According to ATO data modelled by Deloitte Access Economics…
This is just for personal income tax, and it is Access updating the ATO data from 2018.
Just because it makes people angry, let me say that is you earn more than $180,000 you are in the top 3.4% of Australians (now for the excuses).
But back to my argument – of the $210 billion raised in personal income taxes each year, the top 1% pay $37.8 billion and the top 5% pay $73.5 billion.
We are currently running a structural deficit of $40 billion a year. So how do we fix the deficit by taxing the rich?
- We could double the tax on the 1%, but that would mean we would need to have a tax rate over 100% applying from somewhere around $250,000.
- We could increase the tax on the top 5% – those earning more than around $165,000 – so we would need a tax rate kicking in at around this income bracket of about 80%.
The obvious conclusion is you can’t fix the deficit with tinkering with the top tax rates.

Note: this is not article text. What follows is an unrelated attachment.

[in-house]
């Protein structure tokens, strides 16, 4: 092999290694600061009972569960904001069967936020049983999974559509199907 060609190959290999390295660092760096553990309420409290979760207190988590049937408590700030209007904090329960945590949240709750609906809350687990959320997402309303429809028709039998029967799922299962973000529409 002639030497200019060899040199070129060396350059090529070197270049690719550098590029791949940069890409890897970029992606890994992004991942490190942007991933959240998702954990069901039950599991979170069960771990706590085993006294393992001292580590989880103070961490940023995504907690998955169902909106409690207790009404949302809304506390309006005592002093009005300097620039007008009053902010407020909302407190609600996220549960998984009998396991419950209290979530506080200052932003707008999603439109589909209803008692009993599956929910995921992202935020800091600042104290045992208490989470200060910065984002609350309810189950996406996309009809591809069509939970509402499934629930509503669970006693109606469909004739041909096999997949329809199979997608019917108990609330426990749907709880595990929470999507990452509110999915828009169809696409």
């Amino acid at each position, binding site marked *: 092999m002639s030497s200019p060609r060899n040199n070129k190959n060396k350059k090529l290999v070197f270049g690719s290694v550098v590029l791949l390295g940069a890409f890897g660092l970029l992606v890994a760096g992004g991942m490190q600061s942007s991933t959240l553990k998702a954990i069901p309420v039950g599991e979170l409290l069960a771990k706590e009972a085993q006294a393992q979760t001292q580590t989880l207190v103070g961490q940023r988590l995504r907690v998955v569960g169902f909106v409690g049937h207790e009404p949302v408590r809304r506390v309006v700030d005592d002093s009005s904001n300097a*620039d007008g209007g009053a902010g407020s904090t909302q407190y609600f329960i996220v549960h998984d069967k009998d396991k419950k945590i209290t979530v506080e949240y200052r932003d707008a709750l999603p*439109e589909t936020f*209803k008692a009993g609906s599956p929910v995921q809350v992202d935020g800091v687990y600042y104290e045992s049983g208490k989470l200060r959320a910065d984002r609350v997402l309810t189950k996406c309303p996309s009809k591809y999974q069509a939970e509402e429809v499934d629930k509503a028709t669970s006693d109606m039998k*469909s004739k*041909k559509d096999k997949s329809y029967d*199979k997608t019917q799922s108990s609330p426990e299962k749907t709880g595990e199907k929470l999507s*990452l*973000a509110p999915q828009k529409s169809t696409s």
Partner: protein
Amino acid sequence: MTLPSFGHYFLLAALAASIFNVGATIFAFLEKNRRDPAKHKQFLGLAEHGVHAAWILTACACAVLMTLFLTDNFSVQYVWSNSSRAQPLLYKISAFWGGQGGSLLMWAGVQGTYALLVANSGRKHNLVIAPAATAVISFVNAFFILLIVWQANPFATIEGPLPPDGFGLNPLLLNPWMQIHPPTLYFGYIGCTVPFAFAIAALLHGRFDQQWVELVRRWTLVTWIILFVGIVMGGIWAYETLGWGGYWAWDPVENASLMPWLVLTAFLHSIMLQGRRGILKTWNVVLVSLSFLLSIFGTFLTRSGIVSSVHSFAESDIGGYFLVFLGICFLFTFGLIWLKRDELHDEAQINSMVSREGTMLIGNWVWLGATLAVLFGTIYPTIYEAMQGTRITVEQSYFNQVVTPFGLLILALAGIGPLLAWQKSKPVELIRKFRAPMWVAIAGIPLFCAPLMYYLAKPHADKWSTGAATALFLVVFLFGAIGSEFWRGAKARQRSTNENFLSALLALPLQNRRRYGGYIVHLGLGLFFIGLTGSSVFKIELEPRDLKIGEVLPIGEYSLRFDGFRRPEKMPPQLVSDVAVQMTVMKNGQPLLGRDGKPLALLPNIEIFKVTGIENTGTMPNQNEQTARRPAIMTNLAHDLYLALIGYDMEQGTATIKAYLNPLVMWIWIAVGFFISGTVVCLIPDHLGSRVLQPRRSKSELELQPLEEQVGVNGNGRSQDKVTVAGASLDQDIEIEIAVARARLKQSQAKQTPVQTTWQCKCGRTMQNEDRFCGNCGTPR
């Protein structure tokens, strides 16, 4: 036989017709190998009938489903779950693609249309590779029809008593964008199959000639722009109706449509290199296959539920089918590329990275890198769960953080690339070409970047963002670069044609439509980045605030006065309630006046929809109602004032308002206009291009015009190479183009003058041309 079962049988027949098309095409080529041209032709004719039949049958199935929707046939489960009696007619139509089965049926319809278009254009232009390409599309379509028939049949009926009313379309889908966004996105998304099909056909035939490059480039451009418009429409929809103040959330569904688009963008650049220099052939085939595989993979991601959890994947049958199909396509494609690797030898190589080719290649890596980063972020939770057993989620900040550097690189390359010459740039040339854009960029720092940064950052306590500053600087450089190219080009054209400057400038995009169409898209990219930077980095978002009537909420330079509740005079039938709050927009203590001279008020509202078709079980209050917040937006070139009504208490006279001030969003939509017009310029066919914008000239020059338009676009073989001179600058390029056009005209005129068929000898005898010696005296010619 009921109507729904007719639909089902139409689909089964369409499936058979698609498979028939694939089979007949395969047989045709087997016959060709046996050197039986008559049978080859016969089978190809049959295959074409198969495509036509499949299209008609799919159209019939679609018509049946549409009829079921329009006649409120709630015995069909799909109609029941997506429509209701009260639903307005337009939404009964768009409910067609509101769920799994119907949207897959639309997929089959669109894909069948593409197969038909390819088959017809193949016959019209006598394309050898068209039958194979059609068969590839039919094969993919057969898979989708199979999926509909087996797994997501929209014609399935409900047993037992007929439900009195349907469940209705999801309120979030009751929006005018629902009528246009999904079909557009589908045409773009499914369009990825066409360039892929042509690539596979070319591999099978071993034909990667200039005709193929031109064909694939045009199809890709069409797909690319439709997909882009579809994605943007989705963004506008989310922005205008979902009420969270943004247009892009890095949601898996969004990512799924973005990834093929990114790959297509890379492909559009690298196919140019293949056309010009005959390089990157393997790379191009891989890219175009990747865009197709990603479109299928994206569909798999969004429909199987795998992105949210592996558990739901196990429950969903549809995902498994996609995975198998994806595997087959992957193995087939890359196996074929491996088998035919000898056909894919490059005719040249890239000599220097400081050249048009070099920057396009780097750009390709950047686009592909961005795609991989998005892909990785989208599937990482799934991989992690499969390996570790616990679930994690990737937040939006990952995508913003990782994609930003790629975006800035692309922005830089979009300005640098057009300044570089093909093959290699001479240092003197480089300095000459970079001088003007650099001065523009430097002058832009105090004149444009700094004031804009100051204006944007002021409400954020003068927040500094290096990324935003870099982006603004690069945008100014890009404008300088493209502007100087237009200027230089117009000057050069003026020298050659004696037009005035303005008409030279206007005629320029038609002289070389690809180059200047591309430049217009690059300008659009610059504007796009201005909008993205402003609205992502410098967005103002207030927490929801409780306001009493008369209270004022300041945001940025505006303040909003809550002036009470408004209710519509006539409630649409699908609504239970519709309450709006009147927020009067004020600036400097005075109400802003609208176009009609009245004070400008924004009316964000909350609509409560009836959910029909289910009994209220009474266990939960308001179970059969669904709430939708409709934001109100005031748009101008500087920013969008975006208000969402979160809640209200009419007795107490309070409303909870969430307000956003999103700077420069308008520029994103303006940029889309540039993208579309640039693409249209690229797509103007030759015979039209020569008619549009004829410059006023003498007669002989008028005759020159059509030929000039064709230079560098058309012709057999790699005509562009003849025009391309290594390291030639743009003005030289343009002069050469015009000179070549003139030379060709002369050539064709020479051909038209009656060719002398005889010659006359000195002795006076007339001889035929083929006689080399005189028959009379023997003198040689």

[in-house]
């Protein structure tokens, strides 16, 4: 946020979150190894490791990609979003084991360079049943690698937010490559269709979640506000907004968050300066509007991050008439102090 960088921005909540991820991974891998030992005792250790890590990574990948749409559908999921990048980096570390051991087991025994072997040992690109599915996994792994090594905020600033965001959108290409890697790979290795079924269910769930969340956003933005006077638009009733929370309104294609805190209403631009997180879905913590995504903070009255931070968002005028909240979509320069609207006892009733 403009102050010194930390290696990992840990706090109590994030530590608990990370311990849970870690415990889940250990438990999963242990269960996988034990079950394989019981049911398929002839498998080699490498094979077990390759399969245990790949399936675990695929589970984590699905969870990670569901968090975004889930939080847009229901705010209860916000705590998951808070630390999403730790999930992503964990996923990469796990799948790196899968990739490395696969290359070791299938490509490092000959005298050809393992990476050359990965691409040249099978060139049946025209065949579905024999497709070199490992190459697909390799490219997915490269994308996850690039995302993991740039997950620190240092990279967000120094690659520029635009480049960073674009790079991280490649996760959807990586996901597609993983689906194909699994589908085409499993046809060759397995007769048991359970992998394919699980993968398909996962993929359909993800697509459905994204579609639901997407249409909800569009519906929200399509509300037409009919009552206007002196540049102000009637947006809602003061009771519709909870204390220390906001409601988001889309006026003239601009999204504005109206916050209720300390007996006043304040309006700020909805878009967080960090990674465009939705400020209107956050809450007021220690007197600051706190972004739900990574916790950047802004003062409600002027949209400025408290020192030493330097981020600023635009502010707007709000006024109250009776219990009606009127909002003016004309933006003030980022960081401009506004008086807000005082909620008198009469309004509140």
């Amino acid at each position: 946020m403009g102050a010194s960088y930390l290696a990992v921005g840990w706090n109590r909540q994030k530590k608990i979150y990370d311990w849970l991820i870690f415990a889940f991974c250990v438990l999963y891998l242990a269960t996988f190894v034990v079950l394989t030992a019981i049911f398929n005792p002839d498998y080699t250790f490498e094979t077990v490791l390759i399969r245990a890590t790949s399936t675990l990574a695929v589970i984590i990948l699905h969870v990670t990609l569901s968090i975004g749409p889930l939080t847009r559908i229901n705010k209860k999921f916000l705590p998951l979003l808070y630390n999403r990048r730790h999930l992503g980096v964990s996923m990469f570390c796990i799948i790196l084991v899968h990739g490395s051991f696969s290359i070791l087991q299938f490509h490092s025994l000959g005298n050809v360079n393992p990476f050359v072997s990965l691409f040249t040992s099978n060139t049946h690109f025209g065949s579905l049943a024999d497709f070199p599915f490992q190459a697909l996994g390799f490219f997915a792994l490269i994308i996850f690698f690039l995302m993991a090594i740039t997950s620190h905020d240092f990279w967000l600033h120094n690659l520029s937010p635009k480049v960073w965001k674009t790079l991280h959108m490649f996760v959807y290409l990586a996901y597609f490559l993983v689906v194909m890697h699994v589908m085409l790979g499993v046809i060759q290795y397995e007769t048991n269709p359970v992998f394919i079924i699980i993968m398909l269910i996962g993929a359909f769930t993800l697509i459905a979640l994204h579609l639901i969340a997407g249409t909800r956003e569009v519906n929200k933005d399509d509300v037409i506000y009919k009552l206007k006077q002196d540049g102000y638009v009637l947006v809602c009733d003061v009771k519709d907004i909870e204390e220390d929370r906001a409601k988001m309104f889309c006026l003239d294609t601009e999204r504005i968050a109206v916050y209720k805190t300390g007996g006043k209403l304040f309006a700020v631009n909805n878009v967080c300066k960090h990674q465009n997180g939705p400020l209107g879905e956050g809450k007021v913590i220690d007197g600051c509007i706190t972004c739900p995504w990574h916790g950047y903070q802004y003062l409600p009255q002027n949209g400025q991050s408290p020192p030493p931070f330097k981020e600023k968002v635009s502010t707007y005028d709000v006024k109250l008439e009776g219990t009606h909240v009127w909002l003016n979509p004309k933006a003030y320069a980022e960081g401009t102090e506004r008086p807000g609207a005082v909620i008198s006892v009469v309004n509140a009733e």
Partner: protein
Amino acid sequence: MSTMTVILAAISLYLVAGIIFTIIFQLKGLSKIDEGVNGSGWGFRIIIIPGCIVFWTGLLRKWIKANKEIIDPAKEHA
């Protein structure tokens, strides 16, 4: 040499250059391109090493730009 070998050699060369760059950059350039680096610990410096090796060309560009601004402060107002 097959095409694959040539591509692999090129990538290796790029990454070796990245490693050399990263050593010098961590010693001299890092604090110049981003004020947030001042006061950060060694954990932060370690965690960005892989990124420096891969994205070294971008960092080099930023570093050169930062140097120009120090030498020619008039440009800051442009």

You really would need to “go Denmark” with your individual tax system – Denmark has a top tax rate of 55.9%, kicking in at 1.3 times average income (which would be at $85,000 in Australia) and has a 25% GST.
So when in next week’s budget there is the extension of the Low and Middle Income Tax Offset and the bringing forward of the 2024 tax bracket changes ($40,000 to $200,000 at 30%), let’s not pretend that we are throwing away an opportunity to fix our future deficits by “taxing the 1%” more.
After thought – if 97%+ of Australians have a highest marginal rate of 30%, and the tax rate on a company is either 25% (from 1 July 2021 for Base Rate Entities) or 30%, does that mean much of the benefit that Div 7A was supposed to stop is gone?
How about a concession from Div 7A if the shareholder earns less than $200k (including the loan) and the company is not a base rate entity? I think I like this idea…